Home health aides
provide personal and homemaking services to elderly, convalescent, and
disabled persons. They usually perform their services in the patient’s
home. Some duties that are performed by home health aides include checking
pulse and respiration rates, helping with prescribed exercises, changing
surgical dressings, providing emotional and psychological support, and
giving prescribed medications. They are required to maintain accurate and
up-to-date records of services provided and the progress of the patient.
Home health aides may also be called upon to assist with activities of
daily living, which include helping patients in and out of bed, getting
them dressed and undressed, assisting with personal hygiene, purchasing
and preparing meals, changing bed linens, and other household chores. Most
home health aides work with elderly and disabled patients, who require
more help than family and friends can provide. Specific assignments and
duties are usually given by a home health agency, a registered nurse,
physical therapist, or social worker. Some home health aides may work with
one patient for months or years, but the majority of aides work with
several patients at any given time. Individuals in this profession often
perform unpleasant duties, such as emptying bedpans and changing soiled
linens, but most aides gain a great deal of satisfaction from helping
people in need.
Home health aides
mostly work independently in the client’s home. They work under the
supervision of a licensed nurse, social worker, or other health
professional. They are usually employed by a home health agency, and
typically work a 40-hour workweek although part-time positions are
available. Because some patients require 24-hour care, nights and weekend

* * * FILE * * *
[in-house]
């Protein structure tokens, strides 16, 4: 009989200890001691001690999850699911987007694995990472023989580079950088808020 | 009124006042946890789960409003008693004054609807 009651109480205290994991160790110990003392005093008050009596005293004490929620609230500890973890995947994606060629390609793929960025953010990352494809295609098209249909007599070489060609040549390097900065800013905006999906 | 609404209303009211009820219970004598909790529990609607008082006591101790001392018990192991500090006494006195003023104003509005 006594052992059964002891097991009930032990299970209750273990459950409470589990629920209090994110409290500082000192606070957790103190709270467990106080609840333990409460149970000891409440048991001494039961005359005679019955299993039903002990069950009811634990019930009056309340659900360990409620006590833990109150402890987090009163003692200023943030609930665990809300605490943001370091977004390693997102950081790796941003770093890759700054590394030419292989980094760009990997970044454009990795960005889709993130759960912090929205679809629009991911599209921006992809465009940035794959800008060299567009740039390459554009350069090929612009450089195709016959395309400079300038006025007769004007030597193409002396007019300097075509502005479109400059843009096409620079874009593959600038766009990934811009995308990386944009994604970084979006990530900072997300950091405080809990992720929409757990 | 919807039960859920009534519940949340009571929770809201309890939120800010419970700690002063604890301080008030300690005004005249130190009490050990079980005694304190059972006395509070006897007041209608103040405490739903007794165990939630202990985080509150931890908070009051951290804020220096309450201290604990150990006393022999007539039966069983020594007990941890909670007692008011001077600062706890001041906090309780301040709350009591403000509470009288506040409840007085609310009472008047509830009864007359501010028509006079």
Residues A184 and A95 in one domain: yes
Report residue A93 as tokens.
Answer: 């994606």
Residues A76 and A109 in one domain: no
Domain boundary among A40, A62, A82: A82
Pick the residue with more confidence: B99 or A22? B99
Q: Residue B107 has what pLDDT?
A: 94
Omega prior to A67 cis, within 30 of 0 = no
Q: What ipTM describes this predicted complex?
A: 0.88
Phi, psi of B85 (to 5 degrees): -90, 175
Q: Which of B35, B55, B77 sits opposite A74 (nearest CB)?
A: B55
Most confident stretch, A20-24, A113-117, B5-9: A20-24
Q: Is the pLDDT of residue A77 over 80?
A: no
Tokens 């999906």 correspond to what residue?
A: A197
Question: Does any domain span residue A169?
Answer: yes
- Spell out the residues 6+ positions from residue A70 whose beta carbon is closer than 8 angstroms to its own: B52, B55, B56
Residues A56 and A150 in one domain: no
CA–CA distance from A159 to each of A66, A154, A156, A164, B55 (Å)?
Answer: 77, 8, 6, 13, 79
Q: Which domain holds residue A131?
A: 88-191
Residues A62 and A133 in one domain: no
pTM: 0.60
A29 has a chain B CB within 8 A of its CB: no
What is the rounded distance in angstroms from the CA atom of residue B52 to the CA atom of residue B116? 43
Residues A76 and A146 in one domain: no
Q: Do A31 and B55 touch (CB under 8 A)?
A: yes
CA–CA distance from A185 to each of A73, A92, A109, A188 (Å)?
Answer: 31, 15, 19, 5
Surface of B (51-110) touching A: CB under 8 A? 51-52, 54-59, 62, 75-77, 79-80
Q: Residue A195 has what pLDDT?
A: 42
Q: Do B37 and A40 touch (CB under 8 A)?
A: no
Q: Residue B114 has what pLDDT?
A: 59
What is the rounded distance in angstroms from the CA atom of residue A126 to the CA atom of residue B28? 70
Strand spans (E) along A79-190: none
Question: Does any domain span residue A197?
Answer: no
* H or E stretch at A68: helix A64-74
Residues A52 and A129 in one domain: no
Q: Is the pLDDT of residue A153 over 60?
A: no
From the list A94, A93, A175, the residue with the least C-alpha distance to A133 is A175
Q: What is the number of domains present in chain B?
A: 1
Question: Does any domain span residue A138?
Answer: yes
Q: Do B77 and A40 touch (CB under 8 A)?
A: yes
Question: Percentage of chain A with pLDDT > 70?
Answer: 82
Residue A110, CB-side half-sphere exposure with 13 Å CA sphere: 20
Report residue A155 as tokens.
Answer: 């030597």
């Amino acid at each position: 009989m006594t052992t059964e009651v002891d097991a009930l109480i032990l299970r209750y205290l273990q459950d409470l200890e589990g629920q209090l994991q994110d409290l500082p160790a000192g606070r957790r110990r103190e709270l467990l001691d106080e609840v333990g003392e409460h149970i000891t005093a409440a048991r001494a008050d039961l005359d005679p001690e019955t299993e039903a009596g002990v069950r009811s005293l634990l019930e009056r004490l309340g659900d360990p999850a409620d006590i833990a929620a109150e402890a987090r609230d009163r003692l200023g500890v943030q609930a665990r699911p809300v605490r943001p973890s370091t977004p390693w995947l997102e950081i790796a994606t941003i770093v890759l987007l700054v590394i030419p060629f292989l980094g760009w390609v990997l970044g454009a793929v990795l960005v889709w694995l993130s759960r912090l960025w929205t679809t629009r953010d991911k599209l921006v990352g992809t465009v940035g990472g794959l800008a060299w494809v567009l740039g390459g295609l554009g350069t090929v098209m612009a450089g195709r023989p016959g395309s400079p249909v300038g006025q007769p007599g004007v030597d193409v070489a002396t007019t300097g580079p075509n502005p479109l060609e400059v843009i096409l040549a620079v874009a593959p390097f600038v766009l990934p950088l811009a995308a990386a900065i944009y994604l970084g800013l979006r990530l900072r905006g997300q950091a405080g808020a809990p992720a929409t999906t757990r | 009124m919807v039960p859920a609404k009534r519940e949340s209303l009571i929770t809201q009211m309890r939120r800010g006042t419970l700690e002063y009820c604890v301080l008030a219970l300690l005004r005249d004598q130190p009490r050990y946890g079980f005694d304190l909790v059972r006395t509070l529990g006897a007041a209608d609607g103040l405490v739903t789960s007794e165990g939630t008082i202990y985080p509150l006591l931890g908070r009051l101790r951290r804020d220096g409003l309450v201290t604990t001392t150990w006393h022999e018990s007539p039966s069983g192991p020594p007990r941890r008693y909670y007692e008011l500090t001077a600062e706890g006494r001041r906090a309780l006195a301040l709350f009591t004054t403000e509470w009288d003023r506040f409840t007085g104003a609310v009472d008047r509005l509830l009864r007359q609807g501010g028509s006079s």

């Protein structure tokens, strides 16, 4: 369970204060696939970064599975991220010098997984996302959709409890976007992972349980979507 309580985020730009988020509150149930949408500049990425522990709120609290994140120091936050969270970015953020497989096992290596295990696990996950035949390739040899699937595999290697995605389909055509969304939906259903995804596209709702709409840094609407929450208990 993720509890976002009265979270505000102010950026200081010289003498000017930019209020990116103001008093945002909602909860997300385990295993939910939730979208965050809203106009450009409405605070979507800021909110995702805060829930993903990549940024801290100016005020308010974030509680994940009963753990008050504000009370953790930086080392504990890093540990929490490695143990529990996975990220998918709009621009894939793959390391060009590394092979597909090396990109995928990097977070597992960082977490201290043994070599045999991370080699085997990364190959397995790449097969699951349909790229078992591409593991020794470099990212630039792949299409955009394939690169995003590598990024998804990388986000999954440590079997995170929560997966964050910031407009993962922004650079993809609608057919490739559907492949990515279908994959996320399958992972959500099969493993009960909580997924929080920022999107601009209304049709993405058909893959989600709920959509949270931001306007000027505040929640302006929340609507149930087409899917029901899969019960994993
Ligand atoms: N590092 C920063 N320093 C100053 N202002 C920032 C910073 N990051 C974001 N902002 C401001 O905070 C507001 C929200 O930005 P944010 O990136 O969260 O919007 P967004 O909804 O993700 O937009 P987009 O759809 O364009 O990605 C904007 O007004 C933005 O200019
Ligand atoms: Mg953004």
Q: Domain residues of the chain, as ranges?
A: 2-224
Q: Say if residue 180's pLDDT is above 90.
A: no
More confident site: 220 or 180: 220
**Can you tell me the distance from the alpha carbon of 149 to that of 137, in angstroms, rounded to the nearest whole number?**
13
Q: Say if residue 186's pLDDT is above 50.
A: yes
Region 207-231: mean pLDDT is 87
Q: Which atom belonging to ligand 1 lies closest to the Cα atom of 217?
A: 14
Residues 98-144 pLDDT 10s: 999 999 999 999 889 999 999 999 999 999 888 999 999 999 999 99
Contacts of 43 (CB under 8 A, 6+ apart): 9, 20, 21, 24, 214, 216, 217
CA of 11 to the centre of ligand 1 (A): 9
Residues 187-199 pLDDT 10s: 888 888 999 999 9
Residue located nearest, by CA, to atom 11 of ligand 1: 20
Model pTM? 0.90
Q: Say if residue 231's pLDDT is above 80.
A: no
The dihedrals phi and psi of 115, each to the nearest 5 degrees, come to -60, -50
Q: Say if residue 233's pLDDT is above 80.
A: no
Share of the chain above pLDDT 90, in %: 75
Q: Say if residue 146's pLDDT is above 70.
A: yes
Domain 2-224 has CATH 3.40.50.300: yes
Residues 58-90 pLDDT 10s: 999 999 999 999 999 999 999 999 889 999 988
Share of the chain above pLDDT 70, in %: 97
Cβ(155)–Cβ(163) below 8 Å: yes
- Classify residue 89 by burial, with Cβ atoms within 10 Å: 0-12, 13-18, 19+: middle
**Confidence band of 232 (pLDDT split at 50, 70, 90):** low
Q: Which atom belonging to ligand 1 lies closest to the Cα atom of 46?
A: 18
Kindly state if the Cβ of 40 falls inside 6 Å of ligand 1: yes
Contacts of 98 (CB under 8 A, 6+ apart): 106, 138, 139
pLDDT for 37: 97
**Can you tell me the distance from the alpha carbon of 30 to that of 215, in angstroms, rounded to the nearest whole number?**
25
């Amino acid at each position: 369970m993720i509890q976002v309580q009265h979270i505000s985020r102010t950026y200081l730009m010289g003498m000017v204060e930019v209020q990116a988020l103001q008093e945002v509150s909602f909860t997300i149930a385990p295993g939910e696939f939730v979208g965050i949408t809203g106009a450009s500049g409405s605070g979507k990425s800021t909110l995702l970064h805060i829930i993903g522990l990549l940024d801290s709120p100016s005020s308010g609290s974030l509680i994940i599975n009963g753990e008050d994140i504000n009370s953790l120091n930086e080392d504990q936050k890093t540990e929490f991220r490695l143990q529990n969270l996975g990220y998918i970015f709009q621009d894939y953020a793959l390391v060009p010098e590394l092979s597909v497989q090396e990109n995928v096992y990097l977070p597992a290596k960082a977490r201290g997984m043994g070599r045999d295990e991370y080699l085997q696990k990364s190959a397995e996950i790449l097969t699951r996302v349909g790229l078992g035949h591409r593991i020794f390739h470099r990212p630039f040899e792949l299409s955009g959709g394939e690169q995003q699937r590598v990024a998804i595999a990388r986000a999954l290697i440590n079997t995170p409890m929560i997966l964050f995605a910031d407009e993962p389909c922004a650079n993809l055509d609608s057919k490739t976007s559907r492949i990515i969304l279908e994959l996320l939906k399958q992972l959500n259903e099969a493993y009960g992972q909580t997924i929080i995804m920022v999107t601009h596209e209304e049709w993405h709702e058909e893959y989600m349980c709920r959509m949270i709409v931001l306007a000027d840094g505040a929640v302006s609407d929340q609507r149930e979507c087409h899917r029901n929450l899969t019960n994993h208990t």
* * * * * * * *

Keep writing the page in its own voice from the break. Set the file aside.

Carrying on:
are sometimes required.
High School Preparation:
students interested in becoming a home health aide should take courses in
biology, algebra, family living, English, computer skills, child care,
health occupations/medical professions education, home economics, physical
education, and nurse aide training.
interested in becoming a home health aide should have a high school
diploma or the equivalent. Many states require that aides be licensed as a
Certified Nursing Assistant (CNA). In Mississippi, home health aides are
required to pass an annual physical examination and have a negative
tuberculin (TB) test. Other considerations for employment are a valid
driver’s license and personal transportation.
For educational institutions in
offering this course of study click here.
opportunities for home health aides are expected to grow faster than the
average for all other occupations. Over the next eight years job openings
will increase by 20% - 35%. As the baby-boom generation becomes
increasingly older, demand for home health personnel will skyrocket.
Another reason for a rise in employment opportunities is that hospitals
and nursing homes are trying to keep costs down by moving patients out of
these primary care facilities and into their own home. Consumer preference
for care in the home is another reason for such growth in this sector.
Association for Home Care
228 7th Street, SE
Washington, DC 20003
Phone: (202) 547-7424
Fax: (202) 547-3540
Association for Homecare
P. O. Box 1468